California Fish and Game Commission Adopts Master Plan for Fisheries, Endorses Ocean Litter Strategy, Announces Prosecutor of the Year and Approves Duck Stamp Projects at June Meeting

At its June 2018 meeting in Sacramento, the California Fish and Game Commission (Commission) took action on a number of issues affecting California’s natural resources.

The Commission voted unanimously to adopt the 2018 Master Plan for Fisheries: A Guide for Implementation of the Marine Life Management Act. The plan advances comprehensive marine ecosystem management using the best available science, meeting stock sustainability and ecosystem objectives, integrating Marine Protected Areas into fisheries management, engaging stakeholders, collaborating with partners, advancing socioeconomic and community objectives, and adapting to climate change.

With a unanimous vote, the Commission endorsed the California Ocean Protection Council’s 2018 California Ocean Litter Prevention Strategy. The document provides a holistic, collaborative strategy for addressing ocean litter in California, with a focus on reducing land-based litter at its source.

The Commission honored Humboldt County Deputy District Attorney Adrian Kamada with the 2017 Prosecutor of the Year Award for his skill and commitment in prosecuting a wide variety of fish, wildlife and environmental crime cases.

The Commission approved a list of proposed Duck Stamp projects for fiscal year 2018-19.  These projects are aimed at protecting, preserving, restoring, enhancing, and developing migratory waterfowl breeding and wintering habitat, and conducting waterfowl resource assessments and other waterfowl related research.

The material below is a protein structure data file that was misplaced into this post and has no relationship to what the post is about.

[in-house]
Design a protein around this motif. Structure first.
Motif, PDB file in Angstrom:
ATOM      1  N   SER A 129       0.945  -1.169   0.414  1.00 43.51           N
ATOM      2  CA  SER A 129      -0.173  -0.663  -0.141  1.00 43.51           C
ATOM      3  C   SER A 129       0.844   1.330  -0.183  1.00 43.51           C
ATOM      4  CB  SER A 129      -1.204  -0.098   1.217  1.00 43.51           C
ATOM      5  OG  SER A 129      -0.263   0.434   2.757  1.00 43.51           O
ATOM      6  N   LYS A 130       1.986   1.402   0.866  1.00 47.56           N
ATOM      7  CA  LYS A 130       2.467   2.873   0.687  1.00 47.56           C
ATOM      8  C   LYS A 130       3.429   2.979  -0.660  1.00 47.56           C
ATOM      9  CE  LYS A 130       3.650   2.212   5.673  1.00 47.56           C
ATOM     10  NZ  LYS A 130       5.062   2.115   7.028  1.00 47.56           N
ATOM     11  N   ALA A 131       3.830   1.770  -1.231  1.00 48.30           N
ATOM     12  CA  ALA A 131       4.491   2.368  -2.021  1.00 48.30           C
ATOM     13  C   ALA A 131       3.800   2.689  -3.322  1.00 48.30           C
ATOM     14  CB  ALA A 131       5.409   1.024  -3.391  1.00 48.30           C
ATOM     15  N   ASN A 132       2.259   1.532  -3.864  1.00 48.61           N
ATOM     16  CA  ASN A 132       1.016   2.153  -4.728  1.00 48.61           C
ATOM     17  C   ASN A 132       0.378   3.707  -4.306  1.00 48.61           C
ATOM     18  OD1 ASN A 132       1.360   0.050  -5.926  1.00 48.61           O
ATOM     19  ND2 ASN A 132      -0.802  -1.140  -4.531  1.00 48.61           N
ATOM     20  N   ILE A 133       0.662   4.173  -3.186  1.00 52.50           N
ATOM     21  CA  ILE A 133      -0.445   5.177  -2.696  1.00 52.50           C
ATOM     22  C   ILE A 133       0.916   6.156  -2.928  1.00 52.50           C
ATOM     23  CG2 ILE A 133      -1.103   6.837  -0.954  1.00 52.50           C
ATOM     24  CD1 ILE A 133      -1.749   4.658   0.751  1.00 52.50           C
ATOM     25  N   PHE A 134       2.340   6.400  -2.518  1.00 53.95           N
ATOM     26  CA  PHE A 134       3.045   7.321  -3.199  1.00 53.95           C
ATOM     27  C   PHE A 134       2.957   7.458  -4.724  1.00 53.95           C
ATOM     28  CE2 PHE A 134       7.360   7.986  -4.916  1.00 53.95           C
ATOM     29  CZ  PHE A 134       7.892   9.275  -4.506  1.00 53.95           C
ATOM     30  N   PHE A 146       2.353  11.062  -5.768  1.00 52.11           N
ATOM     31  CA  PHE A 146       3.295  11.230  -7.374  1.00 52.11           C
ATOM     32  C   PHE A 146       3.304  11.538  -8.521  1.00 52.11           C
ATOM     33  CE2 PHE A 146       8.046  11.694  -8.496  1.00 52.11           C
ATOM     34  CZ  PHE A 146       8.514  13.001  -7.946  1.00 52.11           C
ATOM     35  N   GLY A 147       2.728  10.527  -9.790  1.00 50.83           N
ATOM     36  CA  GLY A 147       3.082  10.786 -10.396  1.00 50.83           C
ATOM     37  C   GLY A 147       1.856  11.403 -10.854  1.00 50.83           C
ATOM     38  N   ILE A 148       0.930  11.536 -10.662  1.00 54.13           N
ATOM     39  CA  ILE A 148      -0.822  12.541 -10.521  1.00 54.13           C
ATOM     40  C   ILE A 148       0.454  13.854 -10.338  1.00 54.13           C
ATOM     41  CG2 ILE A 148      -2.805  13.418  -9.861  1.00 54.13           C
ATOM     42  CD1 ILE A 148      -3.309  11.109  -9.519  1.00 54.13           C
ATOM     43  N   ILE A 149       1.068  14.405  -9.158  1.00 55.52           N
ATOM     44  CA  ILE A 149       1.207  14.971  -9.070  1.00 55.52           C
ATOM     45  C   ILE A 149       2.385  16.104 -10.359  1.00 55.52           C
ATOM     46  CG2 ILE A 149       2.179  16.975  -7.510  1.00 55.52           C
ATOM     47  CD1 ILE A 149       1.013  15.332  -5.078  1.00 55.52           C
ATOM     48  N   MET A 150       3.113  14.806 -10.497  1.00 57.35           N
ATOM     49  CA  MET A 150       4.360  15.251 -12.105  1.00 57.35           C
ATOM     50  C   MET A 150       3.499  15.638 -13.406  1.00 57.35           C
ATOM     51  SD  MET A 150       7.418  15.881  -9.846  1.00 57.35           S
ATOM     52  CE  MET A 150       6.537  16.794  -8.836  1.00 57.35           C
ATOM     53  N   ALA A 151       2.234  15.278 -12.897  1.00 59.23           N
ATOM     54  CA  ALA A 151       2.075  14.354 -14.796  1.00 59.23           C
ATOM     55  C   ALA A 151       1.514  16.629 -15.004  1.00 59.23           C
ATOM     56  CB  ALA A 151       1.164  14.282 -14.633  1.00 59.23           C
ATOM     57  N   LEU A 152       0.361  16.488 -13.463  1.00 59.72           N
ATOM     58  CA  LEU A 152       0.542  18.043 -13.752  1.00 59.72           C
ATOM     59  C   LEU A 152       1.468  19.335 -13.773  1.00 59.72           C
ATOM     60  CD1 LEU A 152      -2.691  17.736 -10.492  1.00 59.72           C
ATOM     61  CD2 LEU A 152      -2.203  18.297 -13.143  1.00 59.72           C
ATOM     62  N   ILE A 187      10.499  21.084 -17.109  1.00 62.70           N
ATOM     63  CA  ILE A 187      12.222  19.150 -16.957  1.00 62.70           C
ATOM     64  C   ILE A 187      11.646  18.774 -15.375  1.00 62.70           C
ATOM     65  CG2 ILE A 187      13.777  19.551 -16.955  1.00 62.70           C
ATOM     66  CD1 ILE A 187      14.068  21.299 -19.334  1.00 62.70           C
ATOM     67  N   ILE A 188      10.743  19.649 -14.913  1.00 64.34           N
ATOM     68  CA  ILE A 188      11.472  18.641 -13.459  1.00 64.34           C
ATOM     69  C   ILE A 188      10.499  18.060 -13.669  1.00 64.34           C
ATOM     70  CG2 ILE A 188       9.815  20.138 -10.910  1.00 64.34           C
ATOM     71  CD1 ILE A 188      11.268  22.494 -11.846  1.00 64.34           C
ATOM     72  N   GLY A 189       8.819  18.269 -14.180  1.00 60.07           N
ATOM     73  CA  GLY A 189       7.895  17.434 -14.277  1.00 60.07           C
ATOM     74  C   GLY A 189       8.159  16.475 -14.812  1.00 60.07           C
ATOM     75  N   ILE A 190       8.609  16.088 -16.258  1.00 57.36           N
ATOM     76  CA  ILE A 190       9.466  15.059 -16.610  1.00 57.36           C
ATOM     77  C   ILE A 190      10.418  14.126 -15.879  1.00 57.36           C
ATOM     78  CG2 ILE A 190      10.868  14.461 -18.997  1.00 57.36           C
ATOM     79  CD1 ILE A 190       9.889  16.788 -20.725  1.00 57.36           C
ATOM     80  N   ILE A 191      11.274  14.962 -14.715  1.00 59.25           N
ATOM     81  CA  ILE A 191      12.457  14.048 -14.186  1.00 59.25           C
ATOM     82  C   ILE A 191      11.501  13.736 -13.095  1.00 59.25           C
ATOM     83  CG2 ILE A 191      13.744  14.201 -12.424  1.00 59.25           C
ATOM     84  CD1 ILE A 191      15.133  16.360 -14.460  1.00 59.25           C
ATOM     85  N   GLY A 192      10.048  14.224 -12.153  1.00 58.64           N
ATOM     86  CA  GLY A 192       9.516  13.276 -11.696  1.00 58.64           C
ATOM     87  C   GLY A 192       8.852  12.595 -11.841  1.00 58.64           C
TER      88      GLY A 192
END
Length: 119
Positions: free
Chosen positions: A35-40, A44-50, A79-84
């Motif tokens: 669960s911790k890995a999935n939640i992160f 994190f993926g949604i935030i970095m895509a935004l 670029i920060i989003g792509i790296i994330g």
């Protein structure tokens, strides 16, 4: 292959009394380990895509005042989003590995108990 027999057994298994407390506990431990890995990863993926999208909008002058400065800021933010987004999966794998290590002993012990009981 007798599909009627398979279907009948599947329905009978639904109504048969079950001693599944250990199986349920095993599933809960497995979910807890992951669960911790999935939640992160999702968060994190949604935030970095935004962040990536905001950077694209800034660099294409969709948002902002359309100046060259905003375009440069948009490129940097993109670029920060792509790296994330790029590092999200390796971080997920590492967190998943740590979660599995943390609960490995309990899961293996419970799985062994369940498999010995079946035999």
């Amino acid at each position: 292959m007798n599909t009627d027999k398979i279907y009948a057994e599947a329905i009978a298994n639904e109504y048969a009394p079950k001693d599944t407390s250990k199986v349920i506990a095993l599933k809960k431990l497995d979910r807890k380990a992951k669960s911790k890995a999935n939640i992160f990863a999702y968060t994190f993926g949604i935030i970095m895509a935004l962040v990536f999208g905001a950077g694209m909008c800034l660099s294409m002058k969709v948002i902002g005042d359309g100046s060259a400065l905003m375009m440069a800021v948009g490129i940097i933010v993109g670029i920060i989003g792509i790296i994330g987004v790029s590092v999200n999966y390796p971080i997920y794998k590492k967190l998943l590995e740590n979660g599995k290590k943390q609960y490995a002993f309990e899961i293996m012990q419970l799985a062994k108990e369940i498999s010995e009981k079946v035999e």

The Commission adopted the Department of Fish and Wildlife’s (CDFW) recommendation to issue zero sage grouse hunting permits for all four hunting zones.

CDFW provided an update to the Commission on Chronic Wasting Disease (CWD), a fatal neurologic disease of deer and elk that has been detected in 24 states. The disease has not been detected in California, where CDFW actively tests animals and is in the process of creating a CWD action plan. To prevent the accidental importation of CWD into California, state law prohibits hunters from importing carcasses from out-of-state with a skull or backbone still attached.

The Commission denied a petition to repeal hunting of American badger and gray fox and denied a petition to increase the striped bass daily bag limit to three and reduce minimum size to 12 inches in anadromous coastal rivers and ocean waters south of the Golden Gate Bridge.

The California Fish and Game Commission was the first wildlife conservation agency in the United States, predating even the U.S. Commission of Fish and Fisheries. There is often confusion about the distinction between CDFW and the Commission. In the most basic terms, CDFW implements and enforces the regulations set by the Commission, as well as provides biological data and expertise to inform the Commission’s decision-making process.

Media Contact:
Clark Blanchard, CDFW Education and Outreach, (916) 651-7824